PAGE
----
NC State Extension Publications

Soil Management and the Organic Standards

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The USDA rules for certified organic farming include specific objective criteria such as allowable and prohibited practices and inputs, and more subjective criteria such as minimization of erosion and maintenance or enhancement of soil health. Producers should note that international guidelines can differ from USDA guidelines. In certified organic production, certain inputs are allowable, but some inputs will be required to sustain soil fertility. These inputs must be applied in a manner that avoids nutrient excesses and minimizes runoff. Management of weeds, insects, and diseases often depends on several cultural practices, many of which are tied to soil management. Crop rotation and tillage practices must provide an appropriate seedbed and pest control while minimizing erosion. Soil management practices must be developed in consultation with the certifying agent who interprets subjective aspects of the guidelines, approves inputs, and specifies needed documentation.

Crop Rotation: Tilth, Fertility, and Pest Management

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Crop rotation is critical to the maintenance of soil tilth (physical condition), fertility, and organic matter, and as a preventive practice to minimize pest problems. No specific rotations are mandated but recommended crops to include are sods, cover crops, green manures, and catch crops. The rotation adopted must aim to mitigate relevant problems with soil organic matter content, deficient or excess plant nutrients, and soil erosion, and break pest and disease cycles. Defining a rotation is also a key component in designing soil sampling and tillage-management schemes. For short rotations (two to three years), soil samples can be collected once per rotation. For longer rotations, soil samples may still need to be collected every two to three years, preferably prior to planting the most intensively managed crops. Conservation tillage reduces soil erosion, maintains or increases soil organic matter content, and improves soil physical health. Conservation tillage can be alternated with more intense cultivation needed at other times during the rotation, or due to site-specific conditions.

Soil Fertility Management

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Although crop nutritional requirements are the same for organic and conventional farms, organic producers need to be more creative due to the limitations on allowable inputs. Soils throughout the Carolinas differ in texture, organic matter, and past erosion and management history. Additionally, fluctuations in weather patterns and crop yields result in unpredictable residual nutrient status. Periodic soil testing is the only way to understand the current fertility level and sustain the fertility status of each field while avoiding excess nutrient accumulation. Plant tissue analysis can also be used to verify the adequacy of soil fertility management, particularly for nutrients not easily measured in routine soil tests (nitrogen, sulfur, boron). With tissue testing, the appropriate plant part must be collected at the proper growth stage as specified by laboratory guidelines. Contact your local N.C. Cooperative Extension center for more details, or visit the North Carolina Department of Agriculture & Consumer Services website.

North and South Carolina have numerous sources of plant and animal manure and by-products. These states also have favorable climates for growing a diversity of rotational and green manure cover crops. Farmers should study their crops to fully understand production requirements, nutrient needs, and common production problems. Crops differ in their nutrient removal rates (see Table 9-1), and nutrient sources differ in their nutrient contents (Table 9-2).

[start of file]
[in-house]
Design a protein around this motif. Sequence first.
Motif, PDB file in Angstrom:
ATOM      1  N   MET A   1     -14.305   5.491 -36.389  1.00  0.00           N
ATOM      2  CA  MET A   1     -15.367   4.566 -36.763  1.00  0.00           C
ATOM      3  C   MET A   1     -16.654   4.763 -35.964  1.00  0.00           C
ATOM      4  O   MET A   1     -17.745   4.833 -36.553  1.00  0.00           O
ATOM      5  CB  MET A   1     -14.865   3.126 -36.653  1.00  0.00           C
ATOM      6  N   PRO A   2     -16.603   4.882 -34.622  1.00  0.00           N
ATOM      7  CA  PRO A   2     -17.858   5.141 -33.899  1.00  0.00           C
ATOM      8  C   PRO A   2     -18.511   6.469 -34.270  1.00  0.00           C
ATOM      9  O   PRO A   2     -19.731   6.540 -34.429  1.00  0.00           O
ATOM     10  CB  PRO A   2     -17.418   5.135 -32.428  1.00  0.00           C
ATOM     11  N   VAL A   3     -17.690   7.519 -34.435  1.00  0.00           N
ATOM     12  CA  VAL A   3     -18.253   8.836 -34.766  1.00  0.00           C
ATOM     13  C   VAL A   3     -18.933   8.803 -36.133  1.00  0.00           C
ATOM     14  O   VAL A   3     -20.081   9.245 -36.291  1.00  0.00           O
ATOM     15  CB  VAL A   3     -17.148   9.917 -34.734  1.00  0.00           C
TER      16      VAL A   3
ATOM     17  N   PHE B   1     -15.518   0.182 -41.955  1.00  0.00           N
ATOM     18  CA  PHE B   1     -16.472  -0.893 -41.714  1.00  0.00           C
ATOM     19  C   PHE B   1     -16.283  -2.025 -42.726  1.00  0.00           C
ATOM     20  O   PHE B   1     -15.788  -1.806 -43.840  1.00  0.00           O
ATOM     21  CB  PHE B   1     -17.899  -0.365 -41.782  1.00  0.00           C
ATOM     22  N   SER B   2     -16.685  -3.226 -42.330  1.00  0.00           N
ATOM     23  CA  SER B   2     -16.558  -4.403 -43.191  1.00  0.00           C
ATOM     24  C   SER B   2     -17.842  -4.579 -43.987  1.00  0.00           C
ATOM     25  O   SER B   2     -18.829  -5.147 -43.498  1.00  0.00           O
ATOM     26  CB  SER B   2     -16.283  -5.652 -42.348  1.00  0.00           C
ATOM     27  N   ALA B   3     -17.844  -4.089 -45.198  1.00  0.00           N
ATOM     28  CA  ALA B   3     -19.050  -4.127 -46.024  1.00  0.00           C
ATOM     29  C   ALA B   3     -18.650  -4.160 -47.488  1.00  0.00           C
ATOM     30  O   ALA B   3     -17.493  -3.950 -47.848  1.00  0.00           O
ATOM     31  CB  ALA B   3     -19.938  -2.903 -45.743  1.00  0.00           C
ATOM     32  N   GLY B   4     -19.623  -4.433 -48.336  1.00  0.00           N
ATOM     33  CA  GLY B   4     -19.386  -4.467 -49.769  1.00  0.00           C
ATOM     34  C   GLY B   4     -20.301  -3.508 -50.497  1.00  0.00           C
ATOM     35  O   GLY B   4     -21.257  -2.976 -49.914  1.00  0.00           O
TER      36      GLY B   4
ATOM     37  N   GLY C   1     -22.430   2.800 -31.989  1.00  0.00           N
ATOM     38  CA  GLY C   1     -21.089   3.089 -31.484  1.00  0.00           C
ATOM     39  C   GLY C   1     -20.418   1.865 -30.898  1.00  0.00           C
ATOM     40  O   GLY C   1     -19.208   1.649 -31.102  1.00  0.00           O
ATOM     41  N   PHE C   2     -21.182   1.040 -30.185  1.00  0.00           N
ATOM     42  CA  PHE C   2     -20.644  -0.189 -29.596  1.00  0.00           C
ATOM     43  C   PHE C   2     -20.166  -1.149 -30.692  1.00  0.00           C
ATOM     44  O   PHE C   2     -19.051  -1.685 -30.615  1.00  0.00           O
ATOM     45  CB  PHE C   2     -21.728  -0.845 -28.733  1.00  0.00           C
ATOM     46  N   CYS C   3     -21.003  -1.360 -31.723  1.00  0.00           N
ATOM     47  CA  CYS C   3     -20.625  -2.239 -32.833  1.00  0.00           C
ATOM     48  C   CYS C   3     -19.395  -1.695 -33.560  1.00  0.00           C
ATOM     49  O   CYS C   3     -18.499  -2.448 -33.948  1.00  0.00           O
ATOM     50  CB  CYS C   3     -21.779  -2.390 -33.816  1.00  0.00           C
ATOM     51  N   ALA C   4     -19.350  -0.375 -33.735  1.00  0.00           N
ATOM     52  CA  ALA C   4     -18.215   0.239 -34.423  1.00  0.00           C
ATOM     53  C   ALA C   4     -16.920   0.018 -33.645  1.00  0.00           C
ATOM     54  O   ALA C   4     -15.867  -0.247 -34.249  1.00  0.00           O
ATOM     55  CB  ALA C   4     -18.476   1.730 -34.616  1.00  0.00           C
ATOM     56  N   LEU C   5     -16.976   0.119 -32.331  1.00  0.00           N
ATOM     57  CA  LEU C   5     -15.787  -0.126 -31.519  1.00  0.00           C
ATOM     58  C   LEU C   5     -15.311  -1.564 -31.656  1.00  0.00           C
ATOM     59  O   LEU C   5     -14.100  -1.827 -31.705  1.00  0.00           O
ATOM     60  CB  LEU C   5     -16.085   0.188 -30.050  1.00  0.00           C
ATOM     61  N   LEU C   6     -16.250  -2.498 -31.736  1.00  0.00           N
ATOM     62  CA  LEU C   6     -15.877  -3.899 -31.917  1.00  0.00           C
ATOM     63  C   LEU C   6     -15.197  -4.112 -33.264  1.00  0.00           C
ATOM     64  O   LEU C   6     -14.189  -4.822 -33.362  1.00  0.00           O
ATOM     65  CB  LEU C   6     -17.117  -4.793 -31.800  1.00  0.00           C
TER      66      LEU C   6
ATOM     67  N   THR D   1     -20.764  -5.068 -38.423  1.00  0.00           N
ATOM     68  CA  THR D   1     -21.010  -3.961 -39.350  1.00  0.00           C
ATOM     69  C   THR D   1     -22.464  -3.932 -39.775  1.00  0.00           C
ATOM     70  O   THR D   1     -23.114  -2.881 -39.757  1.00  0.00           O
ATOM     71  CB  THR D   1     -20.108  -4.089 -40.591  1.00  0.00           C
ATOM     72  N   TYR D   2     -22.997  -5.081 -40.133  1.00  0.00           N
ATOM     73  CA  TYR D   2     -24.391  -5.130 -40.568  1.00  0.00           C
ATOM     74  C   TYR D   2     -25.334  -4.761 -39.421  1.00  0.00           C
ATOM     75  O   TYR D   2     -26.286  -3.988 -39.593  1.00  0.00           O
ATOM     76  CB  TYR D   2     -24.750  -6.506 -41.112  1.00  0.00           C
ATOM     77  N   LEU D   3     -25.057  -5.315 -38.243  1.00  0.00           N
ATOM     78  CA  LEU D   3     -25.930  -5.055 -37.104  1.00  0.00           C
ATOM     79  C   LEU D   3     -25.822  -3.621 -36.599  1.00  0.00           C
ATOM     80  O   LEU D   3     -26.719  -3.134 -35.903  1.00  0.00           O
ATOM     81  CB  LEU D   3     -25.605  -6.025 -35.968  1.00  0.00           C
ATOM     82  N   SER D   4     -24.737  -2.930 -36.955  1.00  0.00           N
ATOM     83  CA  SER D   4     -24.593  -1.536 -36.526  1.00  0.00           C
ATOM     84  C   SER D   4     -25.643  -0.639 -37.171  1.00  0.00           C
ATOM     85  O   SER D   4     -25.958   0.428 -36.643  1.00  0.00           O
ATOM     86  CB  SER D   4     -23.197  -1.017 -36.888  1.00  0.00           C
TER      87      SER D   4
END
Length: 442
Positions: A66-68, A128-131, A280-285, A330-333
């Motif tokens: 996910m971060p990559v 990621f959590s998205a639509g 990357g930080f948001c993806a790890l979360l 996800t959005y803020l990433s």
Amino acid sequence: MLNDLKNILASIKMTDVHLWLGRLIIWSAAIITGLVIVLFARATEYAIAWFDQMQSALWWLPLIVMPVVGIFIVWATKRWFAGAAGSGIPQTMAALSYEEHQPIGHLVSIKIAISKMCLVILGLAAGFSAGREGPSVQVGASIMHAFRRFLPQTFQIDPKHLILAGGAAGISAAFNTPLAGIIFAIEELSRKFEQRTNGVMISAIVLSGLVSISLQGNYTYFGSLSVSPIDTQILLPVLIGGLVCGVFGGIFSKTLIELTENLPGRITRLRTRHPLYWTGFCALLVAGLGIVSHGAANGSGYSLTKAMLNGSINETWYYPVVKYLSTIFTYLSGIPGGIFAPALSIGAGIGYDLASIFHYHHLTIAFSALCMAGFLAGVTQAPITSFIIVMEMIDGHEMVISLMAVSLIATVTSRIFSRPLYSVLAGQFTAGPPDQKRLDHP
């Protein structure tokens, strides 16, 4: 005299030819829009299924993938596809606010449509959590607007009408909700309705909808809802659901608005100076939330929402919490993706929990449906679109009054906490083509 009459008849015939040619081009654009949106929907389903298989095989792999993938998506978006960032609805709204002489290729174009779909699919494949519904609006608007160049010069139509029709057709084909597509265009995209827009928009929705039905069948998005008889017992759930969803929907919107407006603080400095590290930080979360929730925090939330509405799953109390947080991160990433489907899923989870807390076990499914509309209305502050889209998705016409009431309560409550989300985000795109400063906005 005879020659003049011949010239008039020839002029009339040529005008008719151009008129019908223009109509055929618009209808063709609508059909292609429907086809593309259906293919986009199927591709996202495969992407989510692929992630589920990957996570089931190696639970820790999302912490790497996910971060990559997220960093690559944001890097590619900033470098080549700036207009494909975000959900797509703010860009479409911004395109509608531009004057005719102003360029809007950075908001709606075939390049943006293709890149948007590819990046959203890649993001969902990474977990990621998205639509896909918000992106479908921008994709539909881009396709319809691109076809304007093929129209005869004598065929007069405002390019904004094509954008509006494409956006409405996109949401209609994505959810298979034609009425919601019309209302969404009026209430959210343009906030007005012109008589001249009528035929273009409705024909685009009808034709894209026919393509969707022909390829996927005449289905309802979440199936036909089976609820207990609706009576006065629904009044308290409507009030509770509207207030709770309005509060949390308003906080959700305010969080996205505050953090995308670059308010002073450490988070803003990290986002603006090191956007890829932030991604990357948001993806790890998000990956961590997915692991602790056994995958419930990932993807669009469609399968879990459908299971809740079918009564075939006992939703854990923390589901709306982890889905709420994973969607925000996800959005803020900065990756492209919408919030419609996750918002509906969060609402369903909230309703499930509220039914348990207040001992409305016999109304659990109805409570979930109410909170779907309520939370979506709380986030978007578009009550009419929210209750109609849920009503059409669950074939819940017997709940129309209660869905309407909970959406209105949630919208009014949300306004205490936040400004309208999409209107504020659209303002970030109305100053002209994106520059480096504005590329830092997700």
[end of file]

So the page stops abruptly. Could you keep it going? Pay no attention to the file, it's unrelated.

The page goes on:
Certain inputs are allowable on organic production systems, if applied according to guidelines. These include many (but not all) natural and certain synthetic materials. The National List of Allowed and Prohibited Substances under the National Organic Program is available on the USDA Agricultural Marketing Services website. This list specifies synthetic substances allowed for use and non-synthetic substances prohibited for use in crop production. A list of commercially available sources of these materials, which have been OMRI-reviewed and classified as either allowed (A) or regulated (R) is available on the OMRI website. Any other materials not appearing on OMRI’s list should be considered prohibited until further notice. In all cases, input use should be included in their organic system plan and confirmed by the certifying authority prior to application.

Critical aspects of soil fertility management include pH, major nutrients (N, P, K, S, Ca, Mg), and micronutrients (especially B, Cu, Mn, Zn; but also Fe, Mo, and Cl). A summary of soil fertility parameters and organic management options is given in Table 9-3.

Soil pH

Soil pH is important since it influences nutrient solubility, microbial activity, and root growth. Low pH levels common in native Carolina soils can kill developing root tips and prevent root colonization of the soil. Low soil pH continues to be the most common limiting factor for plant development seen in samples submitted to the North Carolina Department of Agriculture & Consumer Services’ Agronomic Division Laboratory. Correcting low soil pH should be based on soil test recommendations that consider both the soil pH and the residual acidity levels, crop pH requirement, target pH based on soil class, and whether calcitic or dolomitic lime should be used. Most agricultural lime is derived from naturally occurring minerals of relatively low solubility, and its use is generally allowed in organic production systems. Hydrated limes, burnt limes, lime-stabilized biosolids, and industrial wastes or slags are not allowed. In rare cases when soil pH is too high to permit optimum crop growth, elemental sulfur can be used to lower soil pH. The amount of sulfur required to lowering the pH can be calculated using the equations presented in NC State’s Calculating the Rate of Acidifiers to Lower the pH of North Carolina Soils (AG-439-88).